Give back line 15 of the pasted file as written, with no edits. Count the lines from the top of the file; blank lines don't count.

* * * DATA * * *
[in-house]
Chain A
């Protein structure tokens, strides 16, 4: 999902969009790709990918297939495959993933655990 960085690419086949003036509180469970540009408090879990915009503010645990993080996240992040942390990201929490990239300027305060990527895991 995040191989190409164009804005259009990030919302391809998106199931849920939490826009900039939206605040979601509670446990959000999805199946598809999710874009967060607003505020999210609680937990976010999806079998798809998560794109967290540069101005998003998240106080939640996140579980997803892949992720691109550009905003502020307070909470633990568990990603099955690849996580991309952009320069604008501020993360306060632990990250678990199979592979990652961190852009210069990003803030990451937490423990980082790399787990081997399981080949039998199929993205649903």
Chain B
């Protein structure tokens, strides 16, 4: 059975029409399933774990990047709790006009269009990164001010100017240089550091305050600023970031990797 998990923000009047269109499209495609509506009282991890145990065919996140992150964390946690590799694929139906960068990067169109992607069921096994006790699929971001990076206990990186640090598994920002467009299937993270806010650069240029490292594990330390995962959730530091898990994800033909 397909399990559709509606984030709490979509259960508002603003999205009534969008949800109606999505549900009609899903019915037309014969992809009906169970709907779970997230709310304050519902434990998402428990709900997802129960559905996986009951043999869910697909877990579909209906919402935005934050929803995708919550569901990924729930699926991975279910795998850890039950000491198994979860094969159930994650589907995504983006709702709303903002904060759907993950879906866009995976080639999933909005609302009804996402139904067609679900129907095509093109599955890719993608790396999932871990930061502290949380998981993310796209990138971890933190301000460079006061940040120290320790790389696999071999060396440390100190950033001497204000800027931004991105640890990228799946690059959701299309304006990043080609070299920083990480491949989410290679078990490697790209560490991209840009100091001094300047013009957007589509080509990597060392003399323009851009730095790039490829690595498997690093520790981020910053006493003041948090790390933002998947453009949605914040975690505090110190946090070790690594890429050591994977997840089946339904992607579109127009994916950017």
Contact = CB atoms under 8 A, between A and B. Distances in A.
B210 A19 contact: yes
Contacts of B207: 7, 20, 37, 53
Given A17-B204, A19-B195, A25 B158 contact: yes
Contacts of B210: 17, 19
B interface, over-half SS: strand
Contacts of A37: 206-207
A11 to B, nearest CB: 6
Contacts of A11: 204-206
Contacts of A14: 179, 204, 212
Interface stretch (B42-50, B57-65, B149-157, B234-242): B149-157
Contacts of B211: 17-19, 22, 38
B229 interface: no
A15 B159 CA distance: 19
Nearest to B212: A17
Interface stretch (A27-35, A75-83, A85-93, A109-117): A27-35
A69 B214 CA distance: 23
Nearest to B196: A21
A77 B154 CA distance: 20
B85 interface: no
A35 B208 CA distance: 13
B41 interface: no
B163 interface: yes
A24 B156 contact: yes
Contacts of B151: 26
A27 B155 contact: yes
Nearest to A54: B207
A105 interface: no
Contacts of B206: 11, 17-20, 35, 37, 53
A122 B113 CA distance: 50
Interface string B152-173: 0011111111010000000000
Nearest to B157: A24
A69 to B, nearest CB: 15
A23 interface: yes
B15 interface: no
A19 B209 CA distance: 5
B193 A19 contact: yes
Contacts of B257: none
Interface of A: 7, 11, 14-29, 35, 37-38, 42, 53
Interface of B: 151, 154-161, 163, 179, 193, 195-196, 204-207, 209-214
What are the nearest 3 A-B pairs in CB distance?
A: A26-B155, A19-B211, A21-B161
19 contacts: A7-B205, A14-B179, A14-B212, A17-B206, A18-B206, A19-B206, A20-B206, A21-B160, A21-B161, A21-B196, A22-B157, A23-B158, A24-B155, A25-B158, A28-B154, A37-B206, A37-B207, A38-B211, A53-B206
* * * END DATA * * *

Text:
Contacts of A14: 179, 204, 212